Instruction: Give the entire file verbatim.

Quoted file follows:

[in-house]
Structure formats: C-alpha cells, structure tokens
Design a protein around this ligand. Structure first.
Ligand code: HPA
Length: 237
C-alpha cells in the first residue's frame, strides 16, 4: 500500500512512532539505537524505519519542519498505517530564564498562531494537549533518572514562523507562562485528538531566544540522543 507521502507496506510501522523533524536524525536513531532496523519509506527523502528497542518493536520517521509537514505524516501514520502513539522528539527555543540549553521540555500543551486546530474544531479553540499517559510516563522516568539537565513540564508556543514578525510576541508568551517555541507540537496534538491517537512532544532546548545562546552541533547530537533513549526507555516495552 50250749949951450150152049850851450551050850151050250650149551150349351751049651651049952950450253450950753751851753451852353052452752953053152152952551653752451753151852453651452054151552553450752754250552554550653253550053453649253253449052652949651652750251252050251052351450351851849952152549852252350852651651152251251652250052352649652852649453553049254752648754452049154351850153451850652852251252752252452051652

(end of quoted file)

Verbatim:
[in-house]
Structure formats: C-alpha cells, structure tokens
Design a protein around this ligand. Structure first.
Ligand code: HPA
Length: 237
C-alpha cells in the first residue's frame, strides 16, 4: 500500500512512532539505537524505519519542519498505517530564564498562531494537549533518572514562523507562562485528538531566544540522543 507521502507496506510501522523533524536524525536513531532496523519509506527523502528497542518493536520517521509537514505524516501514520502513539522528539527555543540549553521540555500543551486546530474544531479553540499517559510516563522516568539537565513540564508556543514578525510576541508568551517555541507540537496534538491517537512532544532546548545562546552541533547530537533513549526507555516495552 50250749949951450150152049850851450551050850151050250650149551150349351751049651651049952950450253450950753751851753451852353052452752953053152152952551653752451753151852453651452054151552553450752754250552554550653253550053453649253253449052652949651652750251252050251052351450351851849952152549852252350852651651152251251652250052352649652852649453553049254752648754452049154351850153451850652852251252752252452051652